So, pick whatever option you think is best for your scenario.

3
  • was away for quite some time.. thanks for the great reply.. i have started using passenger+nginx as of now.. the requirements are not that extra-ordinary and hence scalability hasn't been such an issue!! thanks again!!
    – brucewayne
    Nov 4 '12 at 8:32
  • @Hongli I have a Rails application which makes extensive use of the Faye ruby gem, which in turn makes extensive use of websockets and comet (long HTTP polling). In other words, I have hundreds of TCP connections that remain open for long periods of time. Various parts of the site use real-time data. Initially I was using Apache2 but am deciding to migrate to nginx because of its asynchronous i/o multi-threaded strength. Will Passenger play nice more so than Thin as an application server?
    – Donato
    Jul 10 '15 at 23:10
  • @Donato If you're using WebSockets then Passenger Enterprise (for multithreading) with Nginx will work out very well, just like Thin. Passenger Enterprise's main advantage over Thin is in better tooling and better documentation. Also, please checkout the WebSocket tuning instructions.
    – Hongli
    Jul 13 '15 at 12:26
1

The easiest to set up for production will probably be Apache and mod_rails (passenger). If you want to be using the new hotness, you could give nginx and passenger a whirl.

For development mongrel is usually the easiest to work with. Most Windows IDE's (RadRails, Netbeans) give you the choice to use Webrick or Mongrel for development work and let you control the servers from the IDE itself.

Update

Four Choices

There are really four choices, well, plus WEBrick, but that would be an unusual choice for a production server. Approximately in order of increasing complexity...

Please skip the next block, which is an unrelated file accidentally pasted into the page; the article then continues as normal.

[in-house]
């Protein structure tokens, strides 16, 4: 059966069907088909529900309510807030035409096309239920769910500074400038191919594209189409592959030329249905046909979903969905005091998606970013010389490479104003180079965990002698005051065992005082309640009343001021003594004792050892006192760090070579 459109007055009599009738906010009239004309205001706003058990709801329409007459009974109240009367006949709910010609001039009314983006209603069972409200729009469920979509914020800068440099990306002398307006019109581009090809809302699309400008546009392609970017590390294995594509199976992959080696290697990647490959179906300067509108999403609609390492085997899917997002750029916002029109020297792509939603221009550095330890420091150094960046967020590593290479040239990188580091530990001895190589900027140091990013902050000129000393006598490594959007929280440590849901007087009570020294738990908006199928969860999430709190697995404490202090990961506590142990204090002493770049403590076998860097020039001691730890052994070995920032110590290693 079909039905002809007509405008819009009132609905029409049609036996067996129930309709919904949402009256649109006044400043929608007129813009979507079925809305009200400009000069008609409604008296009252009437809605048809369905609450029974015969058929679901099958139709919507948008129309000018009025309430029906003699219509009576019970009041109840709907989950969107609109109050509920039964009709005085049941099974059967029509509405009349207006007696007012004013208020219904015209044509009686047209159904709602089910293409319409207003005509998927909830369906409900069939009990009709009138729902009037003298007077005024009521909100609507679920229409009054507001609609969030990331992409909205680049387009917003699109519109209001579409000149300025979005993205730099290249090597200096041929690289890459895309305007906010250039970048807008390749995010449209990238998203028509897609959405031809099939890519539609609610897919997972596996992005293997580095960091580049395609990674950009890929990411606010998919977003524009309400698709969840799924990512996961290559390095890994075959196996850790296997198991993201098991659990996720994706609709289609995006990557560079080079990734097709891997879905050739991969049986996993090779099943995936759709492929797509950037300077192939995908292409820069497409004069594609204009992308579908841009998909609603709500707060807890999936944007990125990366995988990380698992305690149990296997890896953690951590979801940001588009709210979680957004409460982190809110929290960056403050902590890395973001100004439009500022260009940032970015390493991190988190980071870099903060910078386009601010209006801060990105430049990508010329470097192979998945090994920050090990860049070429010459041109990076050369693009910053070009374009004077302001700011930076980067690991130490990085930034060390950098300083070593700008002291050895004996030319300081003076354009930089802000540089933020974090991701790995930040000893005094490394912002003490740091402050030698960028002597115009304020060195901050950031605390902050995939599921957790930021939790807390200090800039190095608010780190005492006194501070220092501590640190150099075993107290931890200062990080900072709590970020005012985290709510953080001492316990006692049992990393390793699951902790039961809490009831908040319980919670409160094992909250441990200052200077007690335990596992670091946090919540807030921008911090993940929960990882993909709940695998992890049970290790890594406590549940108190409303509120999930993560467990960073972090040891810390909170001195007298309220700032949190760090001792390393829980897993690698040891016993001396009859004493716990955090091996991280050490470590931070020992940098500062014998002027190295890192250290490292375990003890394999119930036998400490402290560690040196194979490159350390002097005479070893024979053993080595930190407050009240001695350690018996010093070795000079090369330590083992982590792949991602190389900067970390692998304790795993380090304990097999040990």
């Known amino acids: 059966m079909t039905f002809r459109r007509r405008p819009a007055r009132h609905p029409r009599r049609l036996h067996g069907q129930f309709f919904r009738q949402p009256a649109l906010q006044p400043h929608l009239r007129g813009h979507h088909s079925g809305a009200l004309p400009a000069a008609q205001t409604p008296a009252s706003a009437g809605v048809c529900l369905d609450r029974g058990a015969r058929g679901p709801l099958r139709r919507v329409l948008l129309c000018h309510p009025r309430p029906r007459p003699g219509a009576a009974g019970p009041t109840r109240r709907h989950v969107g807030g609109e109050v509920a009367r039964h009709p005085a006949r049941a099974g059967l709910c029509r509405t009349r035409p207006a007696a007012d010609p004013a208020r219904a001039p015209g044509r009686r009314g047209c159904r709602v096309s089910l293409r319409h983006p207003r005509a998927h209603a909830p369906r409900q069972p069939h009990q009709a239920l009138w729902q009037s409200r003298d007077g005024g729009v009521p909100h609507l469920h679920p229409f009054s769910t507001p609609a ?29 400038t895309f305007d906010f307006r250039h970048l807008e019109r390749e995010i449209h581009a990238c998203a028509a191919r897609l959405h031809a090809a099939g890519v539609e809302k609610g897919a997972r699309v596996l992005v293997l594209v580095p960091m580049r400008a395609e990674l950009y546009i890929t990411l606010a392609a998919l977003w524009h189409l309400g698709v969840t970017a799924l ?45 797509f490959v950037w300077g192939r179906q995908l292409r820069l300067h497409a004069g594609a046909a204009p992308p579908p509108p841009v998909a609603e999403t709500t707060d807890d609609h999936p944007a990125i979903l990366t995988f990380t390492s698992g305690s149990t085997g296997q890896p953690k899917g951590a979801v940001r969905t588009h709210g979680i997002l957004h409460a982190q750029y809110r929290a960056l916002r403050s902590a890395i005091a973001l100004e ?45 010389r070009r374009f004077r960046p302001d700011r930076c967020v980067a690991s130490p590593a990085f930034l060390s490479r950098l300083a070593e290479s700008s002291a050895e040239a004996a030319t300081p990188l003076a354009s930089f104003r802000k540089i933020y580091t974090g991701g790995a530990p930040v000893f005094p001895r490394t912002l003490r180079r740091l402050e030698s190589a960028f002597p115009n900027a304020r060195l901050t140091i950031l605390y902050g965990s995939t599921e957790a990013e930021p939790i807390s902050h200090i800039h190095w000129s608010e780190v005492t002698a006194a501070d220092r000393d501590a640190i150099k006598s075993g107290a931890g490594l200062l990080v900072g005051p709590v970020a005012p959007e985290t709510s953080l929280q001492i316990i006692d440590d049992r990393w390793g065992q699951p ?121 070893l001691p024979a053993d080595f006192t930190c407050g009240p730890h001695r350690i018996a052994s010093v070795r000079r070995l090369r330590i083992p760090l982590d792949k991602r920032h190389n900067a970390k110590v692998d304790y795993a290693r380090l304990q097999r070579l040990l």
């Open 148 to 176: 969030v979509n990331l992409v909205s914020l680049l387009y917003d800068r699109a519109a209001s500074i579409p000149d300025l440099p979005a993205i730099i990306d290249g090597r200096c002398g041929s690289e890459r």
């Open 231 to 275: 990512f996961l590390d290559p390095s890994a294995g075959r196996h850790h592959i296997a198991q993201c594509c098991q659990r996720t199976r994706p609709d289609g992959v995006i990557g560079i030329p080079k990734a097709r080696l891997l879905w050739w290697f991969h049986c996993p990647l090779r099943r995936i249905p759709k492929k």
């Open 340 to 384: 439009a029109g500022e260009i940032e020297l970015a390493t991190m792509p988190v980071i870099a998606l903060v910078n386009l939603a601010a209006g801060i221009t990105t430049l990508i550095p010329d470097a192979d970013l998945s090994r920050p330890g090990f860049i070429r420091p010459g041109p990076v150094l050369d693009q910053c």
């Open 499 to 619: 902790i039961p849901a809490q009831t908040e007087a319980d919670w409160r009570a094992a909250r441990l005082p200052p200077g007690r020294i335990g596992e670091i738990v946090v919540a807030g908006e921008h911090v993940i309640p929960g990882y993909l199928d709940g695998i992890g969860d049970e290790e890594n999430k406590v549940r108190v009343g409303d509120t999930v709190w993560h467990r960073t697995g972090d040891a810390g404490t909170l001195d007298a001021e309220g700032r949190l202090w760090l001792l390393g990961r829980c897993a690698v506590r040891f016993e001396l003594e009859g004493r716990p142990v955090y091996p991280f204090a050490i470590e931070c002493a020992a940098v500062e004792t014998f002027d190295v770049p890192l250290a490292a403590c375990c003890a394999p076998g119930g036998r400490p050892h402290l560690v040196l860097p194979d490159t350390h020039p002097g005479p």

nginx + Mongrel nginx + Passenger Apache + Mongrel Apache + Passenger (There is Phusion Passenger Standalone, but that's really an nginx + passenger compiled together, so I'm not counting it, although it may be a good option for some people.)

A larger site may then add specialized layer 7 hardware (NetScaler, F5, ...) in front of the servers.

2
  • thanks for the reply.. this is more for non development purposes.. i think i'll give nginx one a try.. any insight on the second question..?
    – brucewayne
    Oct 27 '12 at 14:25
  • I disagree with your sorting on the order of complexity. Phusion Passenger + Apache and Phusion Passenger + Nginx are about the same complexity, usability-wise. But both are less complex usability-wise than Apache/Nginx + Mongrel. Phusion Passenger Standalone should be the easiest of them all because it's just a single command, there's no need to compile Nginx yourself, and the result can be immediately exposed to the Internet. Also, Phusion Passenger + Nginx is not "the new hotness" - it has been around since 2009.
    – Hongli
    Oct 31 '12 at 8:24
0

Thin is as easy as gem 'thin' for development and production